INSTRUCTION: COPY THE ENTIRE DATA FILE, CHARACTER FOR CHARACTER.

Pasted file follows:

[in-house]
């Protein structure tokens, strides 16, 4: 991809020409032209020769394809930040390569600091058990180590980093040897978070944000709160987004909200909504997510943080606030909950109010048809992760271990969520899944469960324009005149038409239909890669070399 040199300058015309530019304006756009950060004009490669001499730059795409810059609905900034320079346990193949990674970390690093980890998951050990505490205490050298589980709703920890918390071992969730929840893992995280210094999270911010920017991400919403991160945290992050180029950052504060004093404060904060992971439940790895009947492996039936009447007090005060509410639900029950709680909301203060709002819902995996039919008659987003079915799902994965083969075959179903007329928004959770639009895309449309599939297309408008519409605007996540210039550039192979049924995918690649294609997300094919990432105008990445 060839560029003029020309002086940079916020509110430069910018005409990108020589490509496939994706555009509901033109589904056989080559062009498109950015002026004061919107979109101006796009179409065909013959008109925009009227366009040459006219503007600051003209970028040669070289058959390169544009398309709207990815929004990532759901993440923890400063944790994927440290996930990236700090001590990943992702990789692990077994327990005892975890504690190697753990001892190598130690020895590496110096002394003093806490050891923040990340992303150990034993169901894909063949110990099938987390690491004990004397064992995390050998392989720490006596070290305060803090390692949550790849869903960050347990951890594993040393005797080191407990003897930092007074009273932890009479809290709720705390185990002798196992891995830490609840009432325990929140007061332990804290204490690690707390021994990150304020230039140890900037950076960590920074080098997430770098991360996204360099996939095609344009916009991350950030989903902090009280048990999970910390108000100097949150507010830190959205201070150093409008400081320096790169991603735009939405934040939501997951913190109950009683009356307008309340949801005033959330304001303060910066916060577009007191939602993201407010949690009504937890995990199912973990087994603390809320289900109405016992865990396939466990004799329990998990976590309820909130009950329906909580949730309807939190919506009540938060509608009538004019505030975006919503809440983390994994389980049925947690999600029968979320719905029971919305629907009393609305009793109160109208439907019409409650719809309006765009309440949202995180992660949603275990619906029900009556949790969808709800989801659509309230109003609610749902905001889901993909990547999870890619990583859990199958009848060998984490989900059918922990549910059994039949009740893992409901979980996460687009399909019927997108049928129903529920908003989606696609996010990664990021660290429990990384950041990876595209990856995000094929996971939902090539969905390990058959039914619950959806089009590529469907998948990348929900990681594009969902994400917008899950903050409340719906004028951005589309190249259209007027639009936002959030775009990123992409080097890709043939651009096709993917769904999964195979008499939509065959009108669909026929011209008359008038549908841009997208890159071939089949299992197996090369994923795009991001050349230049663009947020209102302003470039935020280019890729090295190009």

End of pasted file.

[in-house]
């Protein structure tokens, strides 16, 4: 991809020409032209020769394809930040390569600091058990180590980093040897978070944000709160987004909200909504997510943080606030909950109010048809992760271990969520899944469960324009005149038409239909890669070399 040199300058015309530019304006756009950060004009490669001499730059795409810059609905900034320079346990193949990674970390690093980890998951050990505490205490050298589980709703920890918390071992969730929840893992995280210094999270911010920017991400919403991160945290992050180029950052504060004093404060904060992971439940790895009947492996039936009447007090005060509410639900029950709680909301203060709002819902995996039919008659987003079915799902994965083969075959179903007329928004959770639009895309449309599939297309408008519409605007996540210039550039192979049924995918690649294609997300094919990432105008990445 060839560029003029020309002086940079916020509110430069910018005409990108020589490509496939994706555009509901033109589904056989080559062009498109950015002026004061919107979109101006796009179409065909013959008109925009009227366009040459006219503007600051003209970028040669070289058959390169544009398309709207990815929004990532759901993440923890400063944790994927440290996930990236700090001590990943992702990789692990077994327990005892975890504690190697753990001892190598130690020895590496110096002394003093806490050891923040990340992303150990034993169901894909063949110990099938987390690491004990004397064992995390050998392989720490006596070290305060803090390692949550790849869903960050347990951890594993040393005797080191407990003897930092007074009273932890009479809290709720705390185990002798196992891995830490609840009432325990929140007061332990804290204490690690707390021994990150304020230039140890900037950076960590920074080098997430770098991360996204360099996939095609344009916009991350950030989903902090009280048990999970910390108000100097949150507010830190959205201070150093409008400081320096790169991603735009939405934040939501997951913190109950009683009356307008309340949801005033959330304001303060910066916060577009007191939602993201407010949690009504937890995990199912973990087994603390809320289900109405016992865990396939466990004799329990998990976590309820909130009950329906909580949730309807939190919506009540938060509608009538004019505030975006919503809440983390994994389980049925947690999600029968979320719905029971919305629907009393609305009793109160109208439907019409409650719809309006765009309440949202995180992660949603275990619906029900009556949790969808709800989801659509309230109003609610749902905001889901993909990547999870890619990583859990199958009848060998984490989900059918922990549910059994039949009740893992409901979980996460687009399909019927997108049928129903529920908003989606696609996010990664990021660290429990990384950041990876595209990856995000094929996971939902090539969905390990058959039914619950959806089009590529469907998948990348929900990681594009969902994400917008899950903050409340719906004028951005589309190249259209007027639009936002959030775009990123992409080097890709043939651009096709993917769904999964195979008499939509065959009108669909026929011209008359008038549908841009997208890159071939089949299992197996090369994923795009991001050349230049663009947020209102302003470039935020280019890729090295190009």